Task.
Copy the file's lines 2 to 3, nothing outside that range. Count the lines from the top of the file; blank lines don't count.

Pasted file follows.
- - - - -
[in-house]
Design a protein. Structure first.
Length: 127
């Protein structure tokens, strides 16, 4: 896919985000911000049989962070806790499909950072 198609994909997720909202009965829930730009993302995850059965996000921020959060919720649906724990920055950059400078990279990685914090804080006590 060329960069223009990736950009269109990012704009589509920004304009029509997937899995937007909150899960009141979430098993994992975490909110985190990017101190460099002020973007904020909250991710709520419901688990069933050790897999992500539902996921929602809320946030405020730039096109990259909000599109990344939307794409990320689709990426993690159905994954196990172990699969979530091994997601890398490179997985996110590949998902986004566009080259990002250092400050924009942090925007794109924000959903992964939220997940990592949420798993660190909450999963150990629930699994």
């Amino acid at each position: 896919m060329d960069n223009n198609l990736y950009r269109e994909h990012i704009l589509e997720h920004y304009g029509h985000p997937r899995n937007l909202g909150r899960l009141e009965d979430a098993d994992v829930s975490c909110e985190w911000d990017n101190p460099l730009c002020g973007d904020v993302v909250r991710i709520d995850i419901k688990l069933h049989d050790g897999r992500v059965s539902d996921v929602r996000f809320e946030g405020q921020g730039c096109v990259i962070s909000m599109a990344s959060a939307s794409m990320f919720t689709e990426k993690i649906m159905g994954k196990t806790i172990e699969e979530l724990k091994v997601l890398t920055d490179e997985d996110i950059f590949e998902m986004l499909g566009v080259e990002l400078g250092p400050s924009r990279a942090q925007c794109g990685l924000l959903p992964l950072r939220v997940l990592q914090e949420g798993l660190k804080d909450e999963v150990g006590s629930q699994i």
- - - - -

Design a protein. Structure first.
Length: 127